The Colour Maximite can be set to automatically run a program on power up (without keyboard and video connected) and in this mode it makes a powerful embedded controller. There are a lot of low cost 5 and 7 inch VGA/composite displays available on eBay and they would make a great graphics display screen for a device based on an embedded Maximite.
The Maximite supports a wide range of communications protocols (serial, I2C, SPI and 1-wire). These are mostly used for communicating between semiconductor chips so, using the Colour Maximite, you can easily measure temperatures, log data or interface with a test instrument.
Because the Maximite is so cheap you can use it for the simplest of tasks such as an intelligent battery charge controller or monitoring temperatures inside you house. It is also powerful enough that you could control the environment in your greenhouse or log data from your racing car !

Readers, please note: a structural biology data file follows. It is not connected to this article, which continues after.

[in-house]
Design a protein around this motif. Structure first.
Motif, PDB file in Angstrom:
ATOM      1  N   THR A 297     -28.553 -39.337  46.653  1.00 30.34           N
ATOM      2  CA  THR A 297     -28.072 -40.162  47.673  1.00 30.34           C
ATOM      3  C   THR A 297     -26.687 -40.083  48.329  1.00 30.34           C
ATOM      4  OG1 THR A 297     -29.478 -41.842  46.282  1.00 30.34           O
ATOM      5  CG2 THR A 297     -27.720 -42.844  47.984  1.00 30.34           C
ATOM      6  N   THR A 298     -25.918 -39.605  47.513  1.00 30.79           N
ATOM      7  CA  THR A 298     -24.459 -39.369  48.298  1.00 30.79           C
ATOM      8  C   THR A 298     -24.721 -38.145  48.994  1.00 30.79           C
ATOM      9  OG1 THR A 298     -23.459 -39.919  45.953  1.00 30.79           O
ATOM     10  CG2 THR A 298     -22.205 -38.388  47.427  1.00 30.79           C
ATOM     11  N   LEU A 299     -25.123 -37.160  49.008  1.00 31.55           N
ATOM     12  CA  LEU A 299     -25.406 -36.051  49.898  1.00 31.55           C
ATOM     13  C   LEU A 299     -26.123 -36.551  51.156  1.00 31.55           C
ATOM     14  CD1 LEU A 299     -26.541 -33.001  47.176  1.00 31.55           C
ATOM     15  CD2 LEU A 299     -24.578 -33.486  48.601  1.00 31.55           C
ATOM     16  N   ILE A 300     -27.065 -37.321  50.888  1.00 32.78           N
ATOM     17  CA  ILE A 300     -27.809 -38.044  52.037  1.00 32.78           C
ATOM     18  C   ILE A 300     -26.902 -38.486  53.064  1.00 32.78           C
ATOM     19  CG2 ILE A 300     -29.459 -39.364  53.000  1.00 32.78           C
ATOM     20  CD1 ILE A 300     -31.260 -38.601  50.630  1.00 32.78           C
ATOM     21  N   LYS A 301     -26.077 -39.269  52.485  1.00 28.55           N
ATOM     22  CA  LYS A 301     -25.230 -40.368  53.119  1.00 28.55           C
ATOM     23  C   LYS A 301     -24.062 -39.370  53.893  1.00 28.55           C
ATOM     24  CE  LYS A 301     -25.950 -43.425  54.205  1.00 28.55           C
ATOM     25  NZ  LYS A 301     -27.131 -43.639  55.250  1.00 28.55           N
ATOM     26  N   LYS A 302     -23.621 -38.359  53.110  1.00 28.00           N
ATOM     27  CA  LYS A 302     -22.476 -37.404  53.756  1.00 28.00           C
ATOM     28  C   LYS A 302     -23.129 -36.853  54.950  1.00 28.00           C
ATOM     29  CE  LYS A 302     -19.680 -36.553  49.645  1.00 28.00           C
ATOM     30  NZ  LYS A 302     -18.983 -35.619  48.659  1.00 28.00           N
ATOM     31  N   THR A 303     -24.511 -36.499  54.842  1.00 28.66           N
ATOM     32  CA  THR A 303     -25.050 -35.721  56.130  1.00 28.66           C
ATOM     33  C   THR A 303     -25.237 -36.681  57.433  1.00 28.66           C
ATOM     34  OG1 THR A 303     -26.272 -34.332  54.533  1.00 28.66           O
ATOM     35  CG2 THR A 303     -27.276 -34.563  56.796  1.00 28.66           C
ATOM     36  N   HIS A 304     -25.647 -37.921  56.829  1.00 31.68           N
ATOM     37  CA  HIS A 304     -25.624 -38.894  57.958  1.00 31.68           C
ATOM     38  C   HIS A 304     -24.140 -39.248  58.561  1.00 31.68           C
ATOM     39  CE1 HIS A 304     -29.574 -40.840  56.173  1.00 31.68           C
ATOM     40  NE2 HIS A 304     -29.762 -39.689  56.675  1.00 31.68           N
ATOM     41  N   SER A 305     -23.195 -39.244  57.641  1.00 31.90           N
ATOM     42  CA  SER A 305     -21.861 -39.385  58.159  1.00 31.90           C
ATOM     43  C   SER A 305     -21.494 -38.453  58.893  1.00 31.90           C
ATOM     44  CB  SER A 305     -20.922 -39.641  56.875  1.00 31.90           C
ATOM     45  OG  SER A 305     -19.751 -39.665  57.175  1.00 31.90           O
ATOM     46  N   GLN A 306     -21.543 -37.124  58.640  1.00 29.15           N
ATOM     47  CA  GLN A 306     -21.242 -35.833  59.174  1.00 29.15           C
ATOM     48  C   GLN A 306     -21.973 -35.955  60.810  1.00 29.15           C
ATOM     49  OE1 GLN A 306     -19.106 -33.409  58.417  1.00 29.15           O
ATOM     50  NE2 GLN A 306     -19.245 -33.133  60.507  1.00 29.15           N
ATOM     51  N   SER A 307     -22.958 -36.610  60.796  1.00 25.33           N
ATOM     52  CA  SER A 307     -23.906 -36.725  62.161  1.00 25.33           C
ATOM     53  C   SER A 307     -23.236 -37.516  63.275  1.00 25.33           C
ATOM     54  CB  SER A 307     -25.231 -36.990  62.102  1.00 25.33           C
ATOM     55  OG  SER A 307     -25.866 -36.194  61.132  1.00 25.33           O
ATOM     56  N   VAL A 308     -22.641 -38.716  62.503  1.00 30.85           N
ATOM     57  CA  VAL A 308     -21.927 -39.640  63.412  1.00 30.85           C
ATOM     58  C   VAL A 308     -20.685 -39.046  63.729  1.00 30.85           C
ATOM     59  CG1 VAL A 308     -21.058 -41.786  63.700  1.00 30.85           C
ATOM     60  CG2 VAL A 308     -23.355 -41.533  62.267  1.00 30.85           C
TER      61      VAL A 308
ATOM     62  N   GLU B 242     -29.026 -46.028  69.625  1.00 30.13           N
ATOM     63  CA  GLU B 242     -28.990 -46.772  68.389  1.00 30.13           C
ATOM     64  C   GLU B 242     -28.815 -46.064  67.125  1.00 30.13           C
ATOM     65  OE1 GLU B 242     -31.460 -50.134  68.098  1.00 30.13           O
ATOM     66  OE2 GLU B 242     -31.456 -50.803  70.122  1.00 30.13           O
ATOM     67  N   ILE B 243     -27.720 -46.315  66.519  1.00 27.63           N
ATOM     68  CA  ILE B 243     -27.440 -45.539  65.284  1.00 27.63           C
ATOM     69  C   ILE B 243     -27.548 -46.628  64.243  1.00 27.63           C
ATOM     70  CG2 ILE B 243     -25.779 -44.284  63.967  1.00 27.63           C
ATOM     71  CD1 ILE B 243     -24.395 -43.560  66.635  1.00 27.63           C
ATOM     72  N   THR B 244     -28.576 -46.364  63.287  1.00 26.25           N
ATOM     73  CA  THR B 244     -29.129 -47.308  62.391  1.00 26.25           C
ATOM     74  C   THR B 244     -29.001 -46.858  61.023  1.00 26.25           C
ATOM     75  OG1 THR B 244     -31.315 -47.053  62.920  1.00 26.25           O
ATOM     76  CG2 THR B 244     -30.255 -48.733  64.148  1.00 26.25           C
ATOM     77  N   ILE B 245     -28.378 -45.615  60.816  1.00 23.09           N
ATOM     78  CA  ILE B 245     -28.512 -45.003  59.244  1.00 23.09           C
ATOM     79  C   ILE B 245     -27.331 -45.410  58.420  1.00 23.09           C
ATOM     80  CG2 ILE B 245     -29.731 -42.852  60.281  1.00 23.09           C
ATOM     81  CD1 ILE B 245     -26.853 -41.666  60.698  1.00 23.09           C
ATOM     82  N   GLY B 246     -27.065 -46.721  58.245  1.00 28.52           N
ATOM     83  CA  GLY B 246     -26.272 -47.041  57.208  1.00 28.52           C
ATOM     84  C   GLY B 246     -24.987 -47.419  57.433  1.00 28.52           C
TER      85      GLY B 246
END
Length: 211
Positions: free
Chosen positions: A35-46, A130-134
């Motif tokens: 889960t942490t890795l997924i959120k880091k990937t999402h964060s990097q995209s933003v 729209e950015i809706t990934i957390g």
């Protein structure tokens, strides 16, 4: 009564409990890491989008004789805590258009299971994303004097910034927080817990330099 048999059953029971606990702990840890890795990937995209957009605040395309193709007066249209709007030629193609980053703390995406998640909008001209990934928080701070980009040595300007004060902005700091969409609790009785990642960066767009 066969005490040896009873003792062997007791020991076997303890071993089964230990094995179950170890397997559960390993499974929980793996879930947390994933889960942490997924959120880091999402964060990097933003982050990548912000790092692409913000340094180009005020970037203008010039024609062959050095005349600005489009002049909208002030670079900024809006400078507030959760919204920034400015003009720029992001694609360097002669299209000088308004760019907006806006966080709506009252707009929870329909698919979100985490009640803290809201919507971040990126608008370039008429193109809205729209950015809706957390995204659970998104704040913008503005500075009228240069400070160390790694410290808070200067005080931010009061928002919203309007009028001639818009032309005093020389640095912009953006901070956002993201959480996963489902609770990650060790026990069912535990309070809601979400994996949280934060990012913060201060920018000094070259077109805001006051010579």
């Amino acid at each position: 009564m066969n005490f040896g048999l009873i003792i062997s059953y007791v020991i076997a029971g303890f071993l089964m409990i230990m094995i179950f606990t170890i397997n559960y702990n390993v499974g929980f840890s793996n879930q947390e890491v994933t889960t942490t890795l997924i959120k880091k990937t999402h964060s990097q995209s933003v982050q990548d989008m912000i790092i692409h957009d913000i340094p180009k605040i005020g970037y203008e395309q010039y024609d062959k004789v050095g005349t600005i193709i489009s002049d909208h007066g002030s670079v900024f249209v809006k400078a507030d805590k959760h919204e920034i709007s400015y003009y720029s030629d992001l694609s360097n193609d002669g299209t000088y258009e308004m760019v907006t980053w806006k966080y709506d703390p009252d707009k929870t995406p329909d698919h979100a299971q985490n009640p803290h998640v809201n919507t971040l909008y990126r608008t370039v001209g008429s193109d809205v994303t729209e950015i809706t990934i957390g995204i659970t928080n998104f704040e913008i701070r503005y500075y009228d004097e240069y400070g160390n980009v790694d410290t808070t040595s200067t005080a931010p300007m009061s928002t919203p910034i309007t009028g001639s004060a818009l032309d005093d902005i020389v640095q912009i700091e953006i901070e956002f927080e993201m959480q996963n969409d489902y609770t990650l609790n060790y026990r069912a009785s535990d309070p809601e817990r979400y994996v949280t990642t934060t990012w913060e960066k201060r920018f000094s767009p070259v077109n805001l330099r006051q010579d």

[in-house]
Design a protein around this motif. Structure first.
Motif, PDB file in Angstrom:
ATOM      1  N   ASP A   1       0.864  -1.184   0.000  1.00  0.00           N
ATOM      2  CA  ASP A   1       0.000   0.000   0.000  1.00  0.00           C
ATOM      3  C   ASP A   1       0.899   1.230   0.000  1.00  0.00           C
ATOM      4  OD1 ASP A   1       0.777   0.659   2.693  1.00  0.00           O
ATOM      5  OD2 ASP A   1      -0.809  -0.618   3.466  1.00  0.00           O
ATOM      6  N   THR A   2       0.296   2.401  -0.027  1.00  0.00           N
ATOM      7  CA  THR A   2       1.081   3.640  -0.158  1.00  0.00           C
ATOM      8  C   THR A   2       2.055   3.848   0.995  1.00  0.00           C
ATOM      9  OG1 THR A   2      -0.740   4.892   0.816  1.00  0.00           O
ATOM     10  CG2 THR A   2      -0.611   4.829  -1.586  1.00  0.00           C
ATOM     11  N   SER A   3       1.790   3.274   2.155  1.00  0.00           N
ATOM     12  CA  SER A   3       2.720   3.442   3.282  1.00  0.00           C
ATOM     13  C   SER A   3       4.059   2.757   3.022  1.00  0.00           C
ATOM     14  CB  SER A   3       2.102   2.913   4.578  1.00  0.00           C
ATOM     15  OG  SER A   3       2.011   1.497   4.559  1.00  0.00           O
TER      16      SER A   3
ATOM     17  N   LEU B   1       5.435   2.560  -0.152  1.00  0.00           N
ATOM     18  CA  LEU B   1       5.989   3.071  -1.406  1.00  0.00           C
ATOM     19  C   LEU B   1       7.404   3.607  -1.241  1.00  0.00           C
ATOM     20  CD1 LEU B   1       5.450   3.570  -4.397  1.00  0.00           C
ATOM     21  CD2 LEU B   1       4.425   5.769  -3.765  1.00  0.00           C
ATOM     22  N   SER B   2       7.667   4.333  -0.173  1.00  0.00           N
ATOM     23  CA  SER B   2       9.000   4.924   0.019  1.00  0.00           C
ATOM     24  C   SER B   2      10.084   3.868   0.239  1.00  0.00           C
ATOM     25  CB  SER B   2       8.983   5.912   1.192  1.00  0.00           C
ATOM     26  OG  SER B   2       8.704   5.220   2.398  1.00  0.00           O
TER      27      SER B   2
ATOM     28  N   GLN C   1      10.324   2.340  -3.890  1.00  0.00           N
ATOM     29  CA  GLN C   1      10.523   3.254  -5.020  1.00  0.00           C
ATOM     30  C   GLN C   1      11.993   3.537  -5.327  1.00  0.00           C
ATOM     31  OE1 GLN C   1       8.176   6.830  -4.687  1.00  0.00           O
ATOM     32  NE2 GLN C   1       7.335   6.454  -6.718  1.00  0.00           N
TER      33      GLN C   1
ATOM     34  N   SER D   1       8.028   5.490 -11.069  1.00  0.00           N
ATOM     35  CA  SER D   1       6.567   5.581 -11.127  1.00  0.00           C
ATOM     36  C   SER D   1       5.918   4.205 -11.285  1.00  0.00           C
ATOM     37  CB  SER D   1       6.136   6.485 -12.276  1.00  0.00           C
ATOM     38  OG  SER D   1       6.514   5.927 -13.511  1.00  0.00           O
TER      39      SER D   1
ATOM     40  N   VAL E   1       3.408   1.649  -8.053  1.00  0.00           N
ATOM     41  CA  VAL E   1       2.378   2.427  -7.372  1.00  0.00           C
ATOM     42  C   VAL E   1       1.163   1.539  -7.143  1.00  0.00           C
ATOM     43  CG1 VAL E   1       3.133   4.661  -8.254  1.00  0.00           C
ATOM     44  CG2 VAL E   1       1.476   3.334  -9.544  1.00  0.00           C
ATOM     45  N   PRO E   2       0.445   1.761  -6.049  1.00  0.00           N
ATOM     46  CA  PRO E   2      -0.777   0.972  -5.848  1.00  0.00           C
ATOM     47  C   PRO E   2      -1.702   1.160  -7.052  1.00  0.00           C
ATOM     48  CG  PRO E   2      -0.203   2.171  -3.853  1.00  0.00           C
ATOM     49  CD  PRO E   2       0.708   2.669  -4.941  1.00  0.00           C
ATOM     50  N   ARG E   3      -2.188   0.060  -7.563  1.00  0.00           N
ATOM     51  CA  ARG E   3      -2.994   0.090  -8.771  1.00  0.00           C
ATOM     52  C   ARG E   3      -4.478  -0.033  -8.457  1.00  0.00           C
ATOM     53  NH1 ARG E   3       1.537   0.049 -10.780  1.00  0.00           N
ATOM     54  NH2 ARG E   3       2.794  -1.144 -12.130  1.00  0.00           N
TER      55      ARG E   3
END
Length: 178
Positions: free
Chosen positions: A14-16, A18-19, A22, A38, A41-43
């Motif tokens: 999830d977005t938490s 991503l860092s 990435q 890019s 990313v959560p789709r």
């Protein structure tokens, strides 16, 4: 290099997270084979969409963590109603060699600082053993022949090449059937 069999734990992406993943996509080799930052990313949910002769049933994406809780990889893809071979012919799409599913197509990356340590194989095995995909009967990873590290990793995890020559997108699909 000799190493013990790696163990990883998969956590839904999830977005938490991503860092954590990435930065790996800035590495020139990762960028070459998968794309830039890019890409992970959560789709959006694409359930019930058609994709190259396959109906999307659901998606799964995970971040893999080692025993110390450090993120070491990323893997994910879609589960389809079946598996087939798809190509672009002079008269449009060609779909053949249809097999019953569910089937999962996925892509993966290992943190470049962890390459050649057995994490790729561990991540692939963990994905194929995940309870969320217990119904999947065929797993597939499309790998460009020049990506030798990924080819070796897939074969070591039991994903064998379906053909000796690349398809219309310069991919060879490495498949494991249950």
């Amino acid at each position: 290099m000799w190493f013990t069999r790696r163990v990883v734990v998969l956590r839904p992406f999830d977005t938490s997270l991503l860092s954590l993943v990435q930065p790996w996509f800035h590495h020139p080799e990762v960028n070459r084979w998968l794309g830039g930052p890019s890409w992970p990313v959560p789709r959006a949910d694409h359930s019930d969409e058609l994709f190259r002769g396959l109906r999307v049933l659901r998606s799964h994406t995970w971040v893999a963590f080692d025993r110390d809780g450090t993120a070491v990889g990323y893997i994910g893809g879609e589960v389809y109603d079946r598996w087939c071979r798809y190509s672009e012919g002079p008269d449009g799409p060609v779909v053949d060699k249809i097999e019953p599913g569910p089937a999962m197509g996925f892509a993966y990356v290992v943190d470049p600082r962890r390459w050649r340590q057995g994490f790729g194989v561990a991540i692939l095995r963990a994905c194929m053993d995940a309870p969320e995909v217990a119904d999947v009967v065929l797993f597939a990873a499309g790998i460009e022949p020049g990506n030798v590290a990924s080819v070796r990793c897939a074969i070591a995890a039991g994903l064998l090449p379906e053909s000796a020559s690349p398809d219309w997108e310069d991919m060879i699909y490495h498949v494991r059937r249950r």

As a Game Playing Computer
The Colour Maximite should also encourage another group of users who enjoy writing and playing animated games. Colour is especially useful for games and the Colour Maximite has a special high speed colour mode designed for that use.
Version 4.0 of MMBasic also has some special commands (BLIT and SPRITE) designed to move video images around the screen, just what you need for an animated game.
This small game created by Fabrice Muller in France will give you the idea, everything including the sound effects is generated by the Colour Maximite:
The key features are:
- A fast 32 bit CPU with 128K of RAM running a powerful BASIC interpreter.
- The BASIC interpreter is full featured with floating point and string variables, long variable names, arrays of floats or strings with multiple dimensions, extensive string handling and full file I/O features. Typically it can handle a program of over 1000 lines and will execute it at up to 30,000 lines per second.